ATM :: How Sunny Leone manages her money


Vivina Vishwanathan | First Published: Mon, Jul 11 2016. 04 03 AM IST | Live MInt
Actor Sunny Leone’s current business interests include perfumes and online gaming. Personal investments, too, are made with a long-term intent

ATM

Sunny Leone is not an ordinary Bollywood star. The 35-year-old has been the most searched person on the Internet in India for four years in a row. The adult movie star-turned-actress was always fascinated with business and was a control freak when it came to finances. But that was before she met husband, Daniel Weber.

“I was 8 or 10 years old when I used to go to the street with my brother and a neighbour in Canada, and shovel snow in the driveways and earn a dollar a piece. But the snow was two-feet high and we thought we should charge more because it was double the work,” says Leone, who was born in Canada and lived there as a child. In fact, as a child, she routinely put up lemonade stands during summers and shovelled snow in the winters to earn money. “I was the girl who sold things for my basketball team and soccer team. That was before I even went to high school.”

Her interest in business continued in high school. “When I went to high school in California, I joined a club called Future Business Leaders of America. That is when I started learning a lot of things about marketing, and supply and demand. I took different classes around business and economics. We would go to young entrepreneurial conferences in that area and that’s kind of where everything started.”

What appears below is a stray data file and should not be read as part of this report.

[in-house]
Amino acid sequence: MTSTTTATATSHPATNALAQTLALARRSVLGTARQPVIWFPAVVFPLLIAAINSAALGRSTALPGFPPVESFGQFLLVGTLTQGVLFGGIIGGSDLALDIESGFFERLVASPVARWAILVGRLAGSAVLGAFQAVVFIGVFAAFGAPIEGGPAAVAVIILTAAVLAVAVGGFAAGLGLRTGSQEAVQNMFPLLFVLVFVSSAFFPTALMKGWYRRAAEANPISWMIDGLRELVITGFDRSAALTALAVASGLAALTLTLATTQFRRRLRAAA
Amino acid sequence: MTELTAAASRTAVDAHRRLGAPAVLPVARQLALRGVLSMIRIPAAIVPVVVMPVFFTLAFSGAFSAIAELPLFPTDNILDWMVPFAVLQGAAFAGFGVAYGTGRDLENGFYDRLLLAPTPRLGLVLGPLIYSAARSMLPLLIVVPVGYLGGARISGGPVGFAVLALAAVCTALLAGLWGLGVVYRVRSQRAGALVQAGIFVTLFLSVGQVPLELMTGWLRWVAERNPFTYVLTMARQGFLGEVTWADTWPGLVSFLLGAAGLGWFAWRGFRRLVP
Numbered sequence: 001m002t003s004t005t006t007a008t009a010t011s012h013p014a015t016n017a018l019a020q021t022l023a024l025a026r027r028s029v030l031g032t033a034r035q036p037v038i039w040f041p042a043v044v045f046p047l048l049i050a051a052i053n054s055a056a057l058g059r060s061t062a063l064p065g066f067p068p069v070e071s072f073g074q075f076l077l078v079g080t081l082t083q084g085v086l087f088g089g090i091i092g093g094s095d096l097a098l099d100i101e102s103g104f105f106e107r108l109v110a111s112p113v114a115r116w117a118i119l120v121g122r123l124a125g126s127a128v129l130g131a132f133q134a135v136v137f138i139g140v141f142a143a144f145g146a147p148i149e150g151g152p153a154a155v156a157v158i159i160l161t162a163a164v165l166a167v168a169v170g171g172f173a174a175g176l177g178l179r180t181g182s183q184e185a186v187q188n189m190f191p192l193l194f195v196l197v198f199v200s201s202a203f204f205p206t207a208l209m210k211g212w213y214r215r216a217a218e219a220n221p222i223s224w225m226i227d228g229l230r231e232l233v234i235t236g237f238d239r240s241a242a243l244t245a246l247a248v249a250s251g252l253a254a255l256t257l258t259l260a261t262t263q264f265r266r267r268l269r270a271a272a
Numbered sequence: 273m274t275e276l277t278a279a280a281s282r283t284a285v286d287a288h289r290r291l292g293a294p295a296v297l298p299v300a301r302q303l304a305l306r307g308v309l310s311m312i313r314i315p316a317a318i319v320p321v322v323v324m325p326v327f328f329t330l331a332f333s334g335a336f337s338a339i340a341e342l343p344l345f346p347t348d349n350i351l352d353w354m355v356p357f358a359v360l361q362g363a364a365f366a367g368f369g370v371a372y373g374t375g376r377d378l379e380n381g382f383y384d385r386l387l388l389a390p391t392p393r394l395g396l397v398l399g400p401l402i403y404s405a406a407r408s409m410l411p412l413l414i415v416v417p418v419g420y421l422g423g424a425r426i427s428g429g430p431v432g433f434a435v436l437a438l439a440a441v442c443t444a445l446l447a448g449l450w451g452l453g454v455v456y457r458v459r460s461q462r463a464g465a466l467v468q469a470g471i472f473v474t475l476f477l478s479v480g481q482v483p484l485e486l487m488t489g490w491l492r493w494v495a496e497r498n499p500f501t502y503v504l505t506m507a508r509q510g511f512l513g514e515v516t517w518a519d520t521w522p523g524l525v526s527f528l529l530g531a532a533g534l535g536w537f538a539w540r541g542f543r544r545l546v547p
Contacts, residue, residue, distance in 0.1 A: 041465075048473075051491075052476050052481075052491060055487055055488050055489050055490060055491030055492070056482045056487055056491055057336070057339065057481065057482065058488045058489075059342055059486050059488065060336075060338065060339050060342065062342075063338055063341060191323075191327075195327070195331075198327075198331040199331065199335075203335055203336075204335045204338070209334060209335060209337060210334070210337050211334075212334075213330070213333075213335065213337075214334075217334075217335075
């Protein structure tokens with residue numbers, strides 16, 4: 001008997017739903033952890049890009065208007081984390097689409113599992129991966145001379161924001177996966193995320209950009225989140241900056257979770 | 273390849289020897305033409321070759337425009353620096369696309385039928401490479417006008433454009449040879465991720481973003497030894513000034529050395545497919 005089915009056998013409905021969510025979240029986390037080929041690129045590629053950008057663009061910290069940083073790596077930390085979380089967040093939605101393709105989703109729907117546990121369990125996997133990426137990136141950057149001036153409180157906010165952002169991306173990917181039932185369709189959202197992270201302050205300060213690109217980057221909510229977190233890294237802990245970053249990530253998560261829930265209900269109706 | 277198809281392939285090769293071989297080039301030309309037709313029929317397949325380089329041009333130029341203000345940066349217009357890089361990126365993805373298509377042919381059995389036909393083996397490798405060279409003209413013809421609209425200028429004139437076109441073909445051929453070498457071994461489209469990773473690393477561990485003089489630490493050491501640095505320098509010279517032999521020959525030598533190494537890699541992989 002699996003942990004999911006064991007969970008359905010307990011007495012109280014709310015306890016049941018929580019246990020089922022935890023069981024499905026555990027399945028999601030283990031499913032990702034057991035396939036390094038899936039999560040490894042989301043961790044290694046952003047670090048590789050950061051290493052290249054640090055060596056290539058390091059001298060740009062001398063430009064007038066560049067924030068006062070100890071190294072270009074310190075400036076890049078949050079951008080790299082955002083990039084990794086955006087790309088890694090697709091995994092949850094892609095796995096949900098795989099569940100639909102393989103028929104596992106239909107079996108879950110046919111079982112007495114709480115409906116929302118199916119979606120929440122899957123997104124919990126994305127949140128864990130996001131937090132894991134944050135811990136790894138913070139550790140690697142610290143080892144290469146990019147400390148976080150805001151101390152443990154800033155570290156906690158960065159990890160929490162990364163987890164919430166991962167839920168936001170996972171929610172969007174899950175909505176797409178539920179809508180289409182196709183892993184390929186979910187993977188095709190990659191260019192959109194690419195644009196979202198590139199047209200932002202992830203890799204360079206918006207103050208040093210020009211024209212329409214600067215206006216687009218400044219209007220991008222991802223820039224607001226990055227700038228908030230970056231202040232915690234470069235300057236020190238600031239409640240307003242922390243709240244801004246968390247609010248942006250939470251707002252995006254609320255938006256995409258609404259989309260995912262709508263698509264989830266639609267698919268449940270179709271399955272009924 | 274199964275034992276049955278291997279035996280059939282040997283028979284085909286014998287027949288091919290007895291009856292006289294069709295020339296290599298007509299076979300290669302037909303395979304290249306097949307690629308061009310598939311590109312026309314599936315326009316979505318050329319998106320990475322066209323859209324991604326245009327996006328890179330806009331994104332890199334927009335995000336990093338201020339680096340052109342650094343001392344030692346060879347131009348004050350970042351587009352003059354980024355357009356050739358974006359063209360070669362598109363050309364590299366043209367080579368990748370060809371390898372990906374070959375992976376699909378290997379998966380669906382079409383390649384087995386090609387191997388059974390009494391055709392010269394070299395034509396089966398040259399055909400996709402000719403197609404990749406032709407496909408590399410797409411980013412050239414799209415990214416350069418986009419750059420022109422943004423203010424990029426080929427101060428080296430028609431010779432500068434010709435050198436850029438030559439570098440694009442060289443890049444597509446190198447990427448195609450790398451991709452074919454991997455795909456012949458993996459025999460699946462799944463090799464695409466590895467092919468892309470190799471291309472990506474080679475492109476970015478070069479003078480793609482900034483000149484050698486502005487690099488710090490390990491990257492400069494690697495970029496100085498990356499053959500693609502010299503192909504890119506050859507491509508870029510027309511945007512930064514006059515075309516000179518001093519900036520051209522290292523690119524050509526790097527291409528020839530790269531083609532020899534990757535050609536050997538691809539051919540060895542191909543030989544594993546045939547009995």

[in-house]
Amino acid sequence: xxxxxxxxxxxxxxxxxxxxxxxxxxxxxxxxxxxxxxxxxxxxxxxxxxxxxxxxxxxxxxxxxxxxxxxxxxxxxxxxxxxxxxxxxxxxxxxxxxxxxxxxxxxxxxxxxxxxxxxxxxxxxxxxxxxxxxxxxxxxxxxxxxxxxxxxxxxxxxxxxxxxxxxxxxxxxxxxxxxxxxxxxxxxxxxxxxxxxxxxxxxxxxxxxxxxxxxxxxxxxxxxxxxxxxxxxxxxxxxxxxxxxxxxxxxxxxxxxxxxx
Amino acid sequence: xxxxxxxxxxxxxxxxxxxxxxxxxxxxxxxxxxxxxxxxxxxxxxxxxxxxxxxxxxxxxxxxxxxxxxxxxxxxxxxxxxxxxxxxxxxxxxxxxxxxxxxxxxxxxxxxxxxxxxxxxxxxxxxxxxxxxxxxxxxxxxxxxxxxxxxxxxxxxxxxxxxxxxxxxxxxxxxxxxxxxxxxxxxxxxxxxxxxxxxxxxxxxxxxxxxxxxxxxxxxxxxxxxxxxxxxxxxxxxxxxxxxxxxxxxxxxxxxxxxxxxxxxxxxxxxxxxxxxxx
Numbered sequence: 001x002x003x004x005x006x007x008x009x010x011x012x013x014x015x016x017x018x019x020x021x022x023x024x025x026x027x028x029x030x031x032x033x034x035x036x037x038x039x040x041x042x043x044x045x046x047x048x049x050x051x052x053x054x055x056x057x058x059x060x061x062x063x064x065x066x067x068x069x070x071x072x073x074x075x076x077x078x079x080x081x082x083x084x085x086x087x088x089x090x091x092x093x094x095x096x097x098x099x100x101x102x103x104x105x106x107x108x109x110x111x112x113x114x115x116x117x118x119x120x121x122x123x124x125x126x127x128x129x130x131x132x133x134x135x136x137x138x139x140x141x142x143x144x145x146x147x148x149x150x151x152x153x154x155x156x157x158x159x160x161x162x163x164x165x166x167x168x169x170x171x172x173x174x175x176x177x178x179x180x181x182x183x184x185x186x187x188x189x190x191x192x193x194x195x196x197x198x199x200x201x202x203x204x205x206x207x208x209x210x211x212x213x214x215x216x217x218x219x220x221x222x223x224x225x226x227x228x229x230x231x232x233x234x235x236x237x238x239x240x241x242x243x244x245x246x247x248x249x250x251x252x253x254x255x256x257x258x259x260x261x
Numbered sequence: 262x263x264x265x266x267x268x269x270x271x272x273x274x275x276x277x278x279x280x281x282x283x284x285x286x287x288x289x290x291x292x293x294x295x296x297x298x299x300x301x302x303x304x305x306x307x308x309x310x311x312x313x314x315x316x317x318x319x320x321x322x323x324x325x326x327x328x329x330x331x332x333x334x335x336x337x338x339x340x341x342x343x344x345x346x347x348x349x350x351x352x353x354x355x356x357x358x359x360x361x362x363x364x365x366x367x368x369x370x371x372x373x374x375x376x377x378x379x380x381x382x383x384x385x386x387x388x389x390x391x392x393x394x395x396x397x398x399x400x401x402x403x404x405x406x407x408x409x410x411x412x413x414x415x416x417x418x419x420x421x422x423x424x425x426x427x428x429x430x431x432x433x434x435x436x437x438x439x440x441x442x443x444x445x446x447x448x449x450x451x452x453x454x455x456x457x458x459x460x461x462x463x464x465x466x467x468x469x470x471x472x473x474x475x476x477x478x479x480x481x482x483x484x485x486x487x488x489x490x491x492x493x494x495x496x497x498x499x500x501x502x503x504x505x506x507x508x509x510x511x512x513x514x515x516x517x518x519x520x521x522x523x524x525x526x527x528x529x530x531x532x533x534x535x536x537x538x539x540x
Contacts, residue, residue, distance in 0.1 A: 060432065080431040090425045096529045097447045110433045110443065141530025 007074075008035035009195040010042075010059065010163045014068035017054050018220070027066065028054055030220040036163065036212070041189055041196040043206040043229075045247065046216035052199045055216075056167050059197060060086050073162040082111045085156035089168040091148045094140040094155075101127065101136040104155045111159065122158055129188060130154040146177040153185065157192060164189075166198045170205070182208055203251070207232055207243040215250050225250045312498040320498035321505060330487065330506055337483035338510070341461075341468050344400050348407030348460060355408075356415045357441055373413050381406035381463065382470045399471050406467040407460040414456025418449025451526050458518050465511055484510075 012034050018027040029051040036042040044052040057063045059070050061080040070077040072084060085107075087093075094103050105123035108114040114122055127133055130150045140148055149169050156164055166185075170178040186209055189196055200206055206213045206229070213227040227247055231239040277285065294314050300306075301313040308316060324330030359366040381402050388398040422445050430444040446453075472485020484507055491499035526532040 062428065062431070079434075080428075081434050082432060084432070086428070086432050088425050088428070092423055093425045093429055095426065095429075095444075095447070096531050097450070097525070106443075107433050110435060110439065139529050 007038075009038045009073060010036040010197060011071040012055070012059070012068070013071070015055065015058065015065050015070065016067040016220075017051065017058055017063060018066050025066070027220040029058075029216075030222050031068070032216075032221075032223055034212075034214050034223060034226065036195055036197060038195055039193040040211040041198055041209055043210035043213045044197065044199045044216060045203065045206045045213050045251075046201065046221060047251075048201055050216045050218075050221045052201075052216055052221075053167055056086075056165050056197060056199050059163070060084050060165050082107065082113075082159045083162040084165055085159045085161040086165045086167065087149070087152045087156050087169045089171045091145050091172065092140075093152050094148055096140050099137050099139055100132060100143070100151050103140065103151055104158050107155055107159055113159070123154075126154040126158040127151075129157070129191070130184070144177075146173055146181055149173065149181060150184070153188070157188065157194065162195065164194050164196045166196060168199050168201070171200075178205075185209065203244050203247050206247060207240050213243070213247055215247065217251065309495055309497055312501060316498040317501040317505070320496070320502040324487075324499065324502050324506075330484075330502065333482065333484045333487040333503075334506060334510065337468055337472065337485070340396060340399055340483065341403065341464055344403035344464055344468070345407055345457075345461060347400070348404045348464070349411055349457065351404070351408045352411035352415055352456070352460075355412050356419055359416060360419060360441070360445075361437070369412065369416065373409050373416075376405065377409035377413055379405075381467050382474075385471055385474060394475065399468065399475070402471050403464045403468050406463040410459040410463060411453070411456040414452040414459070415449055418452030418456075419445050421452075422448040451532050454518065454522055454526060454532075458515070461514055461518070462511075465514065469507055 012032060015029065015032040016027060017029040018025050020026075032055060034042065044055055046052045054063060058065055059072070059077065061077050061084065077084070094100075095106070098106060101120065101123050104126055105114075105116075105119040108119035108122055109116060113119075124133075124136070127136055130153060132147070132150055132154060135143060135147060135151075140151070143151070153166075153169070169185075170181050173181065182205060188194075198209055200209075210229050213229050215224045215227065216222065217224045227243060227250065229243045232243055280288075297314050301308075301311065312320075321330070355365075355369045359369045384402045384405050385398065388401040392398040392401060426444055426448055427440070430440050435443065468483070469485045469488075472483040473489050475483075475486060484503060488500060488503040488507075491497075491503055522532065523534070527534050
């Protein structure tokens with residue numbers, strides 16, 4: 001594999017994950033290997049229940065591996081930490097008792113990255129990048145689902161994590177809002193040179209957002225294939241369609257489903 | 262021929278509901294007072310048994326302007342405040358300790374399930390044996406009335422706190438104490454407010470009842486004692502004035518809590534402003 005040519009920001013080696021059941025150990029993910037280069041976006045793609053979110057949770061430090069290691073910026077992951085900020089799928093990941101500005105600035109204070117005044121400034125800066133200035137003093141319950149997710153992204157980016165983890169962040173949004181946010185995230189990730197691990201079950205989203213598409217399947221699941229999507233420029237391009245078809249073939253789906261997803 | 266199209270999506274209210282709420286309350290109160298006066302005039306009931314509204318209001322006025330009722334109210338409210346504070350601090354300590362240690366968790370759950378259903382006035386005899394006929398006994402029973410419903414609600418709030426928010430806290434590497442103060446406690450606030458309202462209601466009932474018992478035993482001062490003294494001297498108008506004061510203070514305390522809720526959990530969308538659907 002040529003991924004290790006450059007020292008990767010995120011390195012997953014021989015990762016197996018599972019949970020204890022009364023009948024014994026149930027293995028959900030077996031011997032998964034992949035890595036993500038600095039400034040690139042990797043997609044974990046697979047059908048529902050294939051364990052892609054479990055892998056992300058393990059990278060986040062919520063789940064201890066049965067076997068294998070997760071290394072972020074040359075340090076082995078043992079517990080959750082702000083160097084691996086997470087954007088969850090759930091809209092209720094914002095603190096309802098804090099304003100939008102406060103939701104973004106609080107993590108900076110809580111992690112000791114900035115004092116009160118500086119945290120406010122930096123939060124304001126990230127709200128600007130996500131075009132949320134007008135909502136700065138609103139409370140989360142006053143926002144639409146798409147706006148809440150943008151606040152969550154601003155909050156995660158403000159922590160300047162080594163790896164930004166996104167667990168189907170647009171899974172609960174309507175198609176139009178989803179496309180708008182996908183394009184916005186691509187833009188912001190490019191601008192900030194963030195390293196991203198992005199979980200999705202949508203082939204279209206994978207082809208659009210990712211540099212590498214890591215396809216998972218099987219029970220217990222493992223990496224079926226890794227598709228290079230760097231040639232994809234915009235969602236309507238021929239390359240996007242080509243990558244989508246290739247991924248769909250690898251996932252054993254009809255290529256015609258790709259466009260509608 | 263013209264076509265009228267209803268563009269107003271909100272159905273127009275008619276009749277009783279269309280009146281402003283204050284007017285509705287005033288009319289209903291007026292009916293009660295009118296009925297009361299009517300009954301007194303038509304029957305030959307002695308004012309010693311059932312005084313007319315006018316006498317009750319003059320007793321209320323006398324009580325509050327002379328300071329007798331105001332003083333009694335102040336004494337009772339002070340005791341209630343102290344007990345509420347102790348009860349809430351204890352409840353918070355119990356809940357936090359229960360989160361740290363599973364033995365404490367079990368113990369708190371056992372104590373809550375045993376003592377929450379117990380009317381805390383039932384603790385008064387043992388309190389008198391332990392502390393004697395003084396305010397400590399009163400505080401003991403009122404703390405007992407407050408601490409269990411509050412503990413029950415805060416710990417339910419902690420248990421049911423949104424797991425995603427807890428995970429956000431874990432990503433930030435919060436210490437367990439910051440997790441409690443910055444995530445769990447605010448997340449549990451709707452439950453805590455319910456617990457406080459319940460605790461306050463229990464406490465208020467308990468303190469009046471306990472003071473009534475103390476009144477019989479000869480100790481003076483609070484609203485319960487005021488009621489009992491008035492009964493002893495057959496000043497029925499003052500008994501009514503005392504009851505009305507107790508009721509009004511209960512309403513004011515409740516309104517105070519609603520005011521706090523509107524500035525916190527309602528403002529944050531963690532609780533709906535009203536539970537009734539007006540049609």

Even at a young age, Leone wanted to start her own venture. “When I became an adult, I realised that (adult content) was a business. But more than that, I wanted to own a website and run my own company.” She used to handle everything. “If I have to be in this industry, I want to make all the money—every dollar. After all, it is my body, my image and my brand.”

So, she learnt to manage her website, learning HTML, video editing, photography, and how to build thumb gallery posts (TGP). “I would do everything from start to finish. That was when I learnt about website traffic. In a digital world, traffic is the best thing you can have. I learnt where to send this traffic and how to capitalise all of it.”

Leone says a business should be grown slowly and steadily. “Believe me, it takes at least a year to three years for a business to turn profitable. I don’t believe in any business that is fast paced. If it is moving very fast, it doesn’t seem right to me. I like the idea of growing slowly and steadily and making the roots of the company strong.”